A world in which Donald Trump will be president of the United States is turning out to be a worrying possibility, if not yet a probability, as he maintains his lead among Republican nominees who are vying to be the party’s presidential candidate. Much of what Trump is known for—ranging from sexism to xenophobia—on the stump makes him both comical and dangerous, should he become the most powerful man on earth.
This week, in the backdrop of the San Bernardino killings in California by a Muslim couple, Trump outdid himself by saying that Muslims should be banned from entering the United States. This is the kind of language heard in another age—from fascists. Profiling all adherents of a religion as terrorists is the sort of bigotry expected of, say, White supremacists. From a man looking to win the White House, it is ominous. Even his own party has disowned it.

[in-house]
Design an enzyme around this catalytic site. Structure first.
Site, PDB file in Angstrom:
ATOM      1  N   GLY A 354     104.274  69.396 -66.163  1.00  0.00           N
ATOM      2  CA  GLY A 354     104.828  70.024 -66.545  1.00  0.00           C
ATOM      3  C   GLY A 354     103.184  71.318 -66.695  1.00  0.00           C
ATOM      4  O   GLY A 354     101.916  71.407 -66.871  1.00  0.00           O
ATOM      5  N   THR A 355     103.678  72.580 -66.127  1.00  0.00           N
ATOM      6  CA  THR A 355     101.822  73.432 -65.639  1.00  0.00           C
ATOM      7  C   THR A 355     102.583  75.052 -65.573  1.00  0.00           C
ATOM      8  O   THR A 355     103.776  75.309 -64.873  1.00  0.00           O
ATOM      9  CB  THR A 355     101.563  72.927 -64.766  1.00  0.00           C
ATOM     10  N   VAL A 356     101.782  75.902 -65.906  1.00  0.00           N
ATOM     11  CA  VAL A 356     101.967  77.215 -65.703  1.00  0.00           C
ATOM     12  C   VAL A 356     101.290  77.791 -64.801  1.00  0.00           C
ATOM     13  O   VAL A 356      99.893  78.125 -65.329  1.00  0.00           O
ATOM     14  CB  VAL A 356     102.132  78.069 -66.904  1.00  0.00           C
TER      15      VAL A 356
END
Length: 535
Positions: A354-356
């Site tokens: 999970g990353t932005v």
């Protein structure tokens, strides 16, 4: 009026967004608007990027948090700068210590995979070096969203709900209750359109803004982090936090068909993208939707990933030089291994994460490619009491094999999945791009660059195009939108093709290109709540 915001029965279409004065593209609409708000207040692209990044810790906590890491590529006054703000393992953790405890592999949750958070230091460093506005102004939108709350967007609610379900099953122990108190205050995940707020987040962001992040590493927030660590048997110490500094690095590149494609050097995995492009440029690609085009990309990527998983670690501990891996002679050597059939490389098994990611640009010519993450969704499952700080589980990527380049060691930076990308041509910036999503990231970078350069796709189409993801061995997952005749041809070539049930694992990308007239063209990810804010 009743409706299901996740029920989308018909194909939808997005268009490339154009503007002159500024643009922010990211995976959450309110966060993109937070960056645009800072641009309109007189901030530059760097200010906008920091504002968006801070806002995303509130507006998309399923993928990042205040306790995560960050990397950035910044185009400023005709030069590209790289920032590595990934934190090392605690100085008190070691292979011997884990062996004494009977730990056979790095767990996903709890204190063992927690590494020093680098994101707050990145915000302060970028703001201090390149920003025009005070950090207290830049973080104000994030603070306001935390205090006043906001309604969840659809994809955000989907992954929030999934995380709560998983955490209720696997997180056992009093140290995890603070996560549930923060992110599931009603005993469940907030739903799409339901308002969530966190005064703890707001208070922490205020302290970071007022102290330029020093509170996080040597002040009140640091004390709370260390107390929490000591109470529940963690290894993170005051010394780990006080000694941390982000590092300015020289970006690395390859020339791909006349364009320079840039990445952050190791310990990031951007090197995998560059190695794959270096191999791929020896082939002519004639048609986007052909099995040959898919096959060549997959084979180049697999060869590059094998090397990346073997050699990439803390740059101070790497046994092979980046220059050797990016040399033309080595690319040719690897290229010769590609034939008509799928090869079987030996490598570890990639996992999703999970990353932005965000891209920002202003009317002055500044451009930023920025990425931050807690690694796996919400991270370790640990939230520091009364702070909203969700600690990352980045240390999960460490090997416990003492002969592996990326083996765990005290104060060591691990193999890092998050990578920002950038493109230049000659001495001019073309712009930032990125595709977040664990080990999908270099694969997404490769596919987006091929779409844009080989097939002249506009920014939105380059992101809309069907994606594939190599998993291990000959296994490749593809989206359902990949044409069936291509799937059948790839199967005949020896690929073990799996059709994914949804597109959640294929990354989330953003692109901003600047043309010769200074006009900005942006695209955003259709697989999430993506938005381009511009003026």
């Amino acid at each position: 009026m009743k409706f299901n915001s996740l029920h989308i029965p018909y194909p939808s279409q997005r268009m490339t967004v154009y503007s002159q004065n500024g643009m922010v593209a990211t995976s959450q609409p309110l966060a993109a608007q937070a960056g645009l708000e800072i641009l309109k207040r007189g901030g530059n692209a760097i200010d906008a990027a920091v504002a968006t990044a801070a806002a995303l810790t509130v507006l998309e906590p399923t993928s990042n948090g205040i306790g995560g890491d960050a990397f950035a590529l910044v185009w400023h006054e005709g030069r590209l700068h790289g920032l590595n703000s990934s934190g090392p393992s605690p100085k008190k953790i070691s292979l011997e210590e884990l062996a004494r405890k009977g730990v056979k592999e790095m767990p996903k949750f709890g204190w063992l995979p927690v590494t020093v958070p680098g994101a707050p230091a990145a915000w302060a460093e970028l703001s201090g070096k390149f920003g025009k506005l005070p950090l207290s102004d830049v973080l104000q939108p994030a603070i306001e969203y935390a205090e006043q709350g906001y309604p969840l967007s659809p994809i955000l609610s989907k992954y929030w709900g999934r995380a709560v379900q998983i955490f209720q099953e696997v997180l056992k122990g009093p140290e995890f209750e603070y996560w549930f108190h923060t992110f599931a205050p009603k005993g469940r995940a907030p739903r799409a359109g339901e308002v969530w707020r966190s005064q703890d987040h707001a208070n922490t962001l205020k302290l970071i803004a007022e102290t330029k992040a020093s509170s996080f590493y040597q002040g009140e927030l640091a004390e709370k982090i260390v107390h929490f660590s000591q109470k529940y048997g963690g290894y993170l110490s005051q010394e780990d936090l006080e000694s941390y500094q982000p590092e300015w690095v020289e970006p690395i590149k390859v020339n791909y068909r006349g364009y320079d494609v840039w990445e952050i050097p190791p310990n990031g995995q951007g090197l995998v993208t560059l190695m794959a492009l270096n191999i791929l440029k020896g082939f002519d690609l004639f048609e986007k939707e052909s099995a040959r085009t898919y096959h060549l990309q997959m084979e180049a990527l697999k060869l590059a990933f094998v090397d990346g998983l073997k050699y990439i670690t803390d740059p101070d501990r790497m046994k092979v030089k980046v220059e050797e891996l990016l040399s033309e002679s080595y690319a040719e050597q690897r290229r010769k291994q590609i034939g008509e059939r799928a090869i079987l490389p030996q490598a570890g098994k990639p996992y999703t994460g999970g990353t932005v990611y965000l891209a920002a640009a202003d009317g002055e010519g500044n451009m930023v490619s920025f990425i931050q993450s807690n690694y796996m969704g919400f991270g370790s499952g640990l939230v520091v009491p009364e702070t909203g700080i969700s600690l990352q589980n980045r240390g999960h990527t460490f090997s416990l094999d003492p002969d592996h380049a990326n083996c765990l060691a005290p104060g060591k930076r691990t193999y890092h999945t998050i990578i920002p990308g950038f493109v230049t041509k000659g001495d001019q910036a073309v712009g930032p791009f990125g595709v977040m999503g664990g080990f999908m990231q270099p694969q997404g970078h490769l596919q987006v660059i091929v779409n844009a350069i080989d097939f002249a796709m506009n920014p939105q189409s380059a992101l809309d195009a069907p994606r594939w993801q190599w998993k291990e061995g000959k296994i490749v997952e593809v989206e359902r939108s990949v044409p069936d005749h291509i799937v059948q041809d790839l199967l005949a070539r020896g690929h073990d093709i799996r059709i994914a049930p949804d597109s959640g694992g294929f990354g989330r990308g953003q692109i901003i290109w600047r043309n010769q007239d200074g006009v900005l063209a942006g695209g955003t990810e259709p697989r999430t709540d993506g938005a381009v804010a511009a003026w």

What is frightening is the popularity of Trump’s views in some parts of America, which is perhaps why he is given to making such statements. Terror is a pressing problem, but demonising an entire religion for it is a quick route away from civilisation. And it only worsens the problem if groups like ISIS exploit the discriminatory state of affairs to find recruits.